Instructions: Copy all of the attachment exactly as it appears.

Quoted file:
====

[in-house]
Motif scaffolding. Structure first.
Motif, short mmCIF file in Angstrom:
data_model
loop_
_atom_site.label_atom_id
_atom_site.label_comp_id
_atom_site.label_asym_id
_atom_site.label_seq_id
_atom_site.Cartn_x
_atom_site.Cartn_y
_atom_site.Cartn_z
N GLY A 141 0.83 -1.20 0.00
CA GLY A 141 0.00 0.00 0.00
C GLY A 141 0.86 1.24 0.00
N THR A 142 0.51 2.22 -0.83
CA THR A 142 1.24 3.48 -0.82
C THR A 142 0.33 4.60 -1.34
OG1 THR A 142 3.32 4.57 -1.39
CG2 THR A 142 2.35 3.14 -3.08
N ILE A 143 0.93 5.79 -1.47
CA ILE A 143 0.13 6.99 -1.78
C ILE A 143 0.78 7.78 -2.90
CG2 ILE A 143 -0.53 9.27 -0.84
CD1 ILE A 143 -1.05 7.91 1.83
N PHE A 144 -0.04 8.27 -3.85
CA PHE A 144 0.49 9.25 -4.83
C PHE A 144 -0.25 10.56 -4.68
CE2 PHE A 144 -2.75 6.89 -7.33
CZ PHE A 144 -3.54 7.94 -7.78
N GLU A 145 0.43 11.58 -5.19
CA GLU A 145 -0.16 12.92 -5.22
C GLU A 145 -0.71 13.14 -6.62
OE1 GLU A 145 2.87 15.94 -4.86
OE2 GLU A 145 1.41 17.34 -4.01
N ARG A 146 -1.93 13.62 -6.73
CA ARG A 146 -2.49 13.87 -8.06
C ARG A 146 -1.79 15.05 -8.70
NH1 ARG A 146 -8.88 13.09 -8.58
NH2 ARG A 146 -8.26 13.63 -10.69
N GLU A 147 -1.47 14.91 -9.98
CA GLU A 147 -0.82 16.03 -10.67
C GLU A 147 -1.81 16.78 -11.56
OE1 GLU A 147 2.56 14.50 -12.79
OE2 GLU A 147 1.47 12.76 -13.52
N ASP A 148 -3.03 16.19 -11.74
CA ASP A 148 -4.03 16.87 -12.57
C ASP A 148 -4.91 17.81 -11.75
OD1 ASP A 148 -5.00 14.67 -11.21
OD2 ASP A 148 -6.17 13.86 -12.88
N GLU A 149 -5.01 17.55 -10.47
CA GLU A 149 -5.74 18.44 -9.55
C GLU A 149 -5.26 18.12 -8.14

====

[in-house]
Motif scaffolding. Structure first.
Motif, short mmCIF file in Angstrom:
data_model
loop_
_atom_site.label_atom_id
_atom_site.label_comp_id
_atom_site.label_asym_id
_atom_site.label_seq_id
_atom_site.Cartn_x
_atom_site.Cartn_y
_atom_site.Cartn_z
N GLY A 141 0.83 -1.20 0.00
CA GLY A 141 0.00 0.00 0.00
C GLY A 141 0.86 1.24 0.00
N THR A 142 0.51 2.22 -0.83
CA THR A 142 1.24 3.48 -0.82
C THR A 142 0.33 4.60 -1.34
OG1 THR A 142 3.32 4.57 -1.39
CG2 THR A 142 2.35 3.14 -3.08
N ILE A 143 0.93 5.79 -1.47
CA ILE A 143 0.13 6.99 -1.78
C ILE A 143 0.78 7.78 -2.90
CG2 ILE A 143 -0.53 9.27 -0.84
CD1 ILE A 143 -1.05 7.91 1.83
N PHE A 144 -0.04 8.27 -3.85
CA PHE A 144 0.49 9.25 -4.83
C PHE A 144 -0.25 10.56 -4.68
CE2 PHE A 144 -2.75 6.89 -7.33
CZ PHE A 144 -3.54 7.94 -7.78
N GLU A 145 0.43 11.58 -5.19
CA GLU A 145 -0.16 12.92 -5.22
C GLU A 145 -0.71 13.14 -6.62
OE1 GLU A 145 2.87 15.94 -4.86
OE2 GLU A 145 1.41 17.34 -4.01
N ARG A 146 -1.93 13.62 -6.73
CA ARG A 146 -2.49 13.87 -8.06
C ARG A 146 -1.79 15.05 -8.70
NH1 ARG A 146 -8.88 13.09 -8.58
NH2 ARG A 146 -8.26 13.63 -10.69
N GLU A 147 -1.47 14.91 -9.98
CA GLU A 147 -0.82 16.03 -10.67
C GLU A 147 -1.81 16.78 -11.56
OE1 GLU A 147 2.56 14.50 -12.79
OE2 GLU A 147 1.47 12.76 -13.52
N ASP A 148 -3.03 16.19 -11.74
CA ASP A 148 -4.03 16.87 -12.57
C ASP A 148 -4.91 17.81 -11.75
OD1 ASP A 148 -5.00 14.67 -11.21
OD2 ASP A 148 -6.17 13.86 -12.88
N GLU A 149 -5.01 17.55 -10.47
CA GLU A 149 -5.74 18.44 -9.55
C GLU A 149 -5.26 18.12 -8.14